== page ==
Microbiome and neurodegeneration
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22nd Jun, 2021Quick read

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Microbiome and neurodegeneration


A recent study has established a link between specific gut bacteria species and the physical manifestations of neurodegenerative diseases (1).

Neurodegenerative diseases such as Alzheimer’s disease (AD), Parkinson’s disease (PD) and amyotrophic lateral sclerosis (ALS) are characterised by problems with the way proteins are handled in the body. The misfolding and accumulation of proteins in the brain often results in the loss of tissue function that promotes disease progression (2). Millions of adults around the world suffer from these “protein conformational diseases” (PCDs), resulting in enormous financial and social burdens on the individuals themselves as well as their carers (3). There is still no effective treatment or cure for PCDs, and the cause is still largely unknown (4).

Factors such as age, diet, stress, trauma, toxins, infections, or antibiotics, have been shown to increase the risk of PCDs. These triggers are also associated with changes in the microbiome which suggests that bacteria may contribute to the pathogenesis of PCDs. However, the relationship between the microbiome and disease progression remains poorly defined.

Evidence has established a link between human gut dysbiosis or direct intestinal infection and exacerbation of PCDs (5,6,7). Commensal residents of the human microbiota, specifically those involved in the synthesis of short-chain fatty acids (SCFAs) such as butyrate, are beneficial in brain disorders (8).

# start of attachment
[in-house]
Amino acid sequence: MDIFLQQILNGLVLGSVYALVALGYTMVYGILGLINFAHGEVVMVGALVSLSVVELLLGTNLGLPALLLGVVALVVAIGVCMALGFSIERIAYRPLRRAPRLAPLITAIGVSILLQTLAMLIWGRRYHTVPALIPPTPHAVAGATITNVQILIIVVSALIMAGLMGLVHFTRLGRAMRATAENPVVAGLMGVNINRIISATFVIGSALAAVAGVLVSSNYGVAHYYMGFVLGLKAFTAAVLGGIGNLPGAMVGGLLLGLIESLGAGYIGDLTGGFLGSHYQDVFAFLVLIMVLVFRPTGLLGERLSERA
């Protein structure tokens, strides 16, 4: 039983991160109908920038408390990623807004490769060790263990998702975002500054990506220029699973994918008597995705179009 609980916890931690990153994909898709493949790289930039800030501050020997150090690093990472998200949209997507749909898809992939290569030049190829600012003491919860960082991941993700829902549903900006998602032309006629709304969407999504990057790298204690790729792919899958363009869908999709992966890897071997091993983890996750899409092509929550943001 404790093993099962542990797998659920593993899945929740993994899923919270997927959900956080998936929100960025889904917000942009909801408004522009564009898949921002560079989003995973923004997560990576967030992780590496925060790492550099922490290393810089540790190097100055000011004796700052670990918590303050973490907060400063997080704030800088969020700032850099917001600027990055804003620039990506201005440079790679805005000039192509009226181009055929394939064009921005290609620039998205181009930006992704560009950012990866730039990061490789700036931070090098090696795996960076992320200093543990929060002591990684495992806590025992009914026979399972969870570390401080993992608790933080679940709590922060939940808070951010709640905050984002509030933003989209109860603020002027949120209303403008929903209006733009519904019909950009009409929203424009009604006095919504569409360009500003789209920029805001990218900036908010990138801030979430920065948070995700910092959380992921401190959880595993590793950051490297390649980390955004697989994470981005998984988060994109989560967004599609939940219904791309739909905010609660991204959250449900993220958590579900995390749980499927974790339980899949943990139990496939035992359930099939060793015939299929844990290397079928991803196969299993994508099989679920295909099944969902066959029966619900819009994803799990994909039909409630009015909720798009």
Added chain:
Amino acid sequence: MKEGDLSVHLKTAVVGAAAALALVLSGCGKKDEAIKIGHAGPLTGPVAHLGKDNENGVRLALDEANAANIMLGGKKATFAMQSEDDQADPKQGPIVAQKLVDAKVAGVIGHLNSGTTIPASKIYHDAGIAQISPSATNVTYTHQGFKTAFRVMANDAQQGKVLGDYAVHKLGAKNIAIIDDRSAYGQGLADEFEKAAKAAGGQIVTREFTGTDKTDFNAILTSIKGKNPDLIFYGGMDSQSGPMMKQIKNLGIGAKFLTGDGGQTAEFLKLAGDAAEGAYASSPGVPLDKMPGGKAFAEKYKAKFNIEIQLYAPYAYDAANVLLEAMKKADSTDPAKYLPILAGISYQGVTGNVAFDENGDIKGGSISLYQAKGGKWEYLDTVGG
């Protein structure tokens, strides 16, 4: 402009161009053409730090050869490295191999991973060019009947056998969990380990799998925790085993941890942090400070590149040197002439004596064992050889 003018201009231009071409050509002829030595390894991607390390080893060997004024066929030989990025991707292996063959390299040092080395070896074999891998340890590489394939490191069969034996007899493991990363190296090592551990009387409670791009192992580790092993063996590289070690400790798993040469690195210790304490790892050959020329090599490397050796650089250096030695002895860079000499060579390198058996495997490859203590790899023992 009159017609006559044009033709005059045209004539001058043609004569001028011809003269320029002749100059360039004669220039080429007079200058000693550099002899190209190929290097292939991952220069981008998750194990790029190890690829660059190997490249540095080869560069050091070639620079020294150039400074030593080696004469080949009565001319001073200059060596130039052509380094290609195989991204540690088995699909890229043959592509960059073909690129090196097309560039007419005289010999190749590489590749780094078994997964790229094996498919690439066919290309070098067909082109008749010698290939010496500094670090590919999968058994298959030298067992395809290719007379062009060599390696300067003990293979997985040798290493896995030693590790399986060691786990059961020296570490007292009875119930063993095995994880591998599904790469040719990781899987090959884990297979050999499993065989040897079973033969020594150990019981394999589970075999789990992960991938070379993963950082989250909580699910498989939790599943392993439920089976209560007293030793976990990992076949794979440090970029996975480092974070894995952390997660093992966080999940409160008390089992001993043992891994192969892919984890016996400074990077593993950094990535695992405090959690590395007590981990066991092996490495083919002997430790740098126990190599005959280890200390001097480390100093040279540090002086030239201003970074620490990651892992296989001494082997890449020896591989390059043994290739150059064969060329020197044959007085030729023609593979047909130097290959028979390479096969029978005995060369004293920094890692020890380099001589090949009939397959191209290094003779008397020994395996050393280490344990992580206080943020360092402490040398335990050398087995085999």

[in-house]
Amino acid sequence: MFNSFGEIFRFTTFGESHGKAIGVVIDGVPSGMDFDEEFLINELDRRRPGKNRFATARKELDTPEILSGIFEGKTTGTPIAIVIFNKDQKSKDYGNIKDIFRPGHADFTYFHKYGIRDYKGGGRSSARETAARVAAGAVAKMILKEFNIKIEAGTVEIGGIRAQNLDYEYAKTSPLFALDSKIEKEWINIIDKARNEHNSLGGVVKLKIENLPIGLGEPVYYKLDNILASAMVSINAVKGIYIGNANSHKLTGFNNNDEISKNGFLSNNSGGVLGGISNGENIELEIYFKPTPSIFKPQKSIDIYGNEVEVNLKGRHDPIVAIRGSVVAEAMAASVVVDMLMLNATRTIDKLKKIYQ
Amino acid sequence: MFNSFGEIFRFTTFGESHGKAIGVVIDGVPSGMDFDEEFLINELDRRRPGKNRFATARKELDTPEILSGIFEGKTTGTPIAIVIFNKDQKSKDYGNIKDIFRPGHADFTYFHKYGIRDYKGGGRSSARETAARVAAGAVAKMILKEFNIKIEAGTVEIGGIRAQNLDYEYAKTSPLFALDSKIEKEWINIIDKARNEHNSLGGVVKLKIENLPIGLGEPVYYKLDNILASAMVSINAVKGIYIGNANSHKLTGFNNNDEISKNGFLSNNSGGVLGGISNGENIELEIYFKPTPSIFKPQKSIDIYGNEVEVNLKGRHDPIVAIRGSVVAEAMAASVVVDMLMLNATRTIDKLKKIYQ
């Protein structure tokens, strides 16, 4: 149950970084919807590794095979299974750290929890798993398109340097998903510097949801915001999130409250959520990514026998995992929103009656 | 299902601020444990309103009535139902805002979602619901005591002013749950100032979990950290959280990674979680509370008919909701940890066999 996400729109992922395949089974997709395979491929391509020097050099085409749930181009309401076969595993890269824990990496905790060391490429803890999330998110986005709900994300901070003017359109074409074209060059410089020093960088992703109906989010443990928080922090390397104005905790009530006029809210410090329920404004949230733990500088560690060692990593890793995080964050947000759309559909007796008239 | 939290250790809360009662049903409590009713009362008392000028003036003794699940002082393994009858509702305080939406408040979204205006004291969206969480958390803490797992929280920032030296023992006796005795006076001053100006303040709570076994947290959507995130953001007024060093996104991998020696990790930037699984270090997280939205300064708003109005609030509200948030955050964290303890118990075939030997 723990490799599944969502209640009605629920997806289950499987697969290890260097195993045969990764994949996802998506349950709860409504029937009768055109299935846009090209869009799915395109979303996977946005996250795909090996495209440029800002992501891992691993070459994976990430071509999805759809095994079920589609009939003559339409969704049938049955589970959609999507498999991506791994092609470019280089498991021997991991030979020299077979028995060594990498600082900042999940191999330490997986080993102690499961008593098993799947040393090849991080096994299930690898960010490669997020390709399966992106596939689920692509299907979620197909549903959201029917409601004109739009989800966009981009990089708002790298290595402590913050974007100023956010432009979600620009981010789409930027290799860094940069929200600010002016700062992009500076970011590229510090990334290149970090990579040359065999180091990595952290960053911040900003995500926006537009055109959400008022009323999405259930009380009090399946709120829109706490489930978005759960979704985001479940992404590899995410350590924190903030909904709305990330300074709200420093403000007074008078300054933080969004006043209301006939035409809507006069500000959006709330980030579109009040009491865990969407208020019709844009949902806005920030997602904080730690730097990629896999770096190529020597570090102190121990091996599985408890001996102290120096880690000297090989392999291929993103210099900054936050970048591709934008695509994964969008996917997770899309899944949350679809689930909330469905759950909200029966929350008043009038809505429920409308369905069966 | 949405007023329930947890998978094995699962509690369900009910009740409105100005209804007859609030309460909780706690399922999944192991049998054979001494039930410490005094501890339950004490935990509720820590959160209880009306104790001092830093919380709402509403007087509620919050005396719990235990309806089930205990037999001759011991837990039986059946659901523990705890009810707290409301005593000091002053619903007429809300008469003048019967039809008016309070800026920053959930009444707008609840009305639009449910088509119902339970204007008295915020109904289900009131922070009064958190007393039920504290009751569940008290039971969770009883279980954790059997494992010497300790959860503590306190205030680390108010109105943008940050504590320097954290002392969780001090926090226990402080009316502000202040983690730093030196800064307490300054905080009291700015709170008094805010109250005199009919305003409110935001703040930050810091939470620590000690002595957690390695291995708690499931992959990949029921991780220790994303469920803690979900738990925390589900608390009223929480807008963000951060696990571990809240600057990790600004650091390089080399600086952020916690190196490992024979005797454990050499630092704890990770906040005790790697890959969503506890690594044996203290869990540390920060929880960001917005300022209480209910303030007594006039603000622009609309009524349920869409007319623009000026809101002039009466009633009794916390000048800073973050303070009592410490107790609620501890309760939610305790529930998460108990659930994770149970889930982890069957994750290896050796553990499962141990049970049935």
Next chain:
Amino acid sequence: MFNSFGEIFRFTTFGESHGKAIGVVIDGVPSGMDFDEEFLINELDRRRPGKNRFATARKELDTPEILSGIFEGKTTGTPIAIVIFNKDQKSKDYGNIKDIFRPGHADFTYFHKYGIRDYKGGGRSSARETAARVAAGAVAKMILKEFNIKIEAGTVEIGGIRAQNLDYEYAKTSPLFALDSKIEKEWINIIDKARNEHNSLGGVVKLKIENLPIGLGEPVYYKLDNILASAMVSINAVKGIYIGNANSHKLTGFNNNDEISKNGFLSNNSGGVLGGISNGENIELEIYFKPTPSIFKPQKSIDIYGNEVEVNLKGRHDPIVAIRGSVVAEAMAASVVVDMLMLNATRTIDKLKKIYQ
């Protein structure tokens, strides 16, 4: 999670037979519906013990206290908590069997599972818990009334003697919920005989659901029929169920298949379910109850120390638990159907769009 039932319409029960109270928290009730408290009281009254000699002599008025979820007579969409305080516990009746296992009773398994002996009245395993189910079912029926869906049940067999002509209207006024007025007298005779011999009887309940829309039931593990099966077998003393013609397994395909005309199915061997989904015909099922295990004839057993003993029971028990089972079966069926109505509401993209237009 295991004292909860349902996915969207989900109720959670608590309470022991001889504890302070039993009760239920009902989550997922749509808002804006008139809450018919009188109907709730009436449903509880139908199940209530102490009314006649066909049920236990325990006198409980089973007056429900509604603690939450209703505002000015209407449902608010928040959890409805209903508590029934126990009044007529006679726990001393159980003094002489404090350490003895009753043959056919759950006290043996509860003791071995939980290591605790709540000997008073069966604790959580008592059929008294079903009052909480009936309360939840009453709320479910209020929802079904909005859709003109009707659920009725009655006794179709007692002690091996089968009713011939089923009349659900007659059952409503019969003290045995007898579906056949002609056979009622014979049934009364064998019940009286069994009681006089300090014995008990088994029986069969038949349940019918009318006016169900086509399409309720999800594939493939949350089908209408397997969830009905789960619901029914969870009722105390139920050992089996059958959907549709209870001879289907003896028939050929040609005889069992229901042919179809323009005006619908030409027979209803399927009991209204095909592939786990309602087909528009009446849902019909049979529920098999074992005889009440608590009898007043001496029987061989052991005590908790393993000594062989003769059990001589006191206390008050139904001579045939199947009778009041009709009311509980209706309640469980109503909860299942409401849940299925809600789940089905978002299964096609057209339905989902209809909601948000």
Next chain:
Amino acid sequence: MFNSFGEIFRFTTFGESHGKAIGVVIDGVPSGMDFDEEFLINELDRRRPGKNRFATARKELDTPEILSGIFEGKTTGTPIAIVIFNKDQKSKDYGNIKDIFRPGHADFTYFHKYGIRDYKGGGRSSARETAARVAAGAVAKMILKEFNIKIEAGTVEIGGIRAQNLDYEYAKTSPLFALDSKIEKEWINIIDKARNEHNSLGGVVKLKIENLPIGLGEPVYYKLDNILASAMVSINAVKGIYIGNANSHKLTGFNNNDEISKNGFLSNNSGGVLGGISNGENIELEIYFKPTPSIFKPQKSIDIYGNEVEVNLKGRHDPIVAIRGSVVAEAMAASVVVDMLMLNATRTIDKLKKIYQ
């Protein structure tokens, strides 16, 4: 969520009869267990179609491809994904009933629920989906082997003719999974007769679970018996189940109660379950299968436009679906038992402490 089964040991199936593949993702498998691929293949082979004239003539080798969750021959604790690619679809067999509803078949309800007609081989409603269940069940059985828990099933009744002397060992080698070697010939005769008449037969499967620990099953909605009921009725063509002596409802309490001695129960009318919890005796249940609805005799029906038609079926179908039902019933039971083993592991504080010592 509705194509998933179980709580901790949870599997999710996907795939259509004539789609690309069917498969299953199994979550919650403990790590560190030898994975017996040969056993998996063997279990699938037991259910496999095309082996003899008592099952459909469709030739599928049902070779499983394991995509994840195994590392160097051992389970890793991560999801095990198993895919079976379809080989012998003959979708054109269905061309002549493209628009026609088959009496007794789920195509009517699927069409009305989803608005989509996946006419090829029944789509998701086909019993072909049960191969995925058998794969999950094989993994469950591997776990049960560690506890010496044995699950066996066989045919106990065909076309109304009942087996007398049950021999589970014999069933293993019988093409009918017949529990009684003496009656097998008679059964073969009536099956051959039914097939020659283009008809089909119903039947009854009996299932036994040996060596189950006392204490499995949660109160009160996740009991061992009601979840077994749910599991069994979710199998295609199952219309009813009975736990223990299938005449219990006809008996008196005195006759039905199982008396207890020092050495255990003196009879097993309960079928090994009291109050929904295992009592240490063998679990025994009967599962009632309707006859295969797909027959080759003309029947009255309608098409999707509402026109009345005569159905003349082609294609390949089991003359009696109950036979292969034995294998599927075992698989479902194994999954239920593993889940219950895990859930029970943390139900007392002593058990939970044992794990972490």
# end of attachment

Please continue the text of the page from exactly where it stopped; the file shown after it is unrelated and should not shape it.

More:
Environmental factors and the complexity of the human microbiome make the complex study of the effect of the microbiome on PCDs difficult (9). This latest study was carried out on C. elegans and showed that specific species of bacteria play a role in the development of PCDs. Commensal butyrate-producing bacteria can counteract these pathogenic strains (1).


Pathogenic strains

Among all of the strains that were tested, Klebsiella spp. and P. aeruginosa were the most potent inducers of misfolded protein aggregation. Both of these species are ubiquitous in the environment, and multidrug-resistant strains of these bacteria are often associated with nosocomial and opportunistic infections (10). While these strains are often associated with infections, they are also  present in the intestines of healthy individuals, which may possibly support their contribution to neurodegenerative diseases (11,12). In fact, both of these microbes have recently been associated with neurodegenerative diseases in humans (13,14). The increasing prevalence of antibiotic resistance among Klebsiella spp. and P. aeruginosa strains may specifically encourage their growth within the human microbiome during antibiotic treatment while decreasing the abundance of beneficial bacteria. Population-based studies of patients with PD and ALS support this hypothesis, revealing that a history of antibiotic treatment is associated with an elevated risk for these diseases (15,16). However, more research is required before we can understand what, if any, connection there is between antibiotic resistance and neurodegenerative diseases.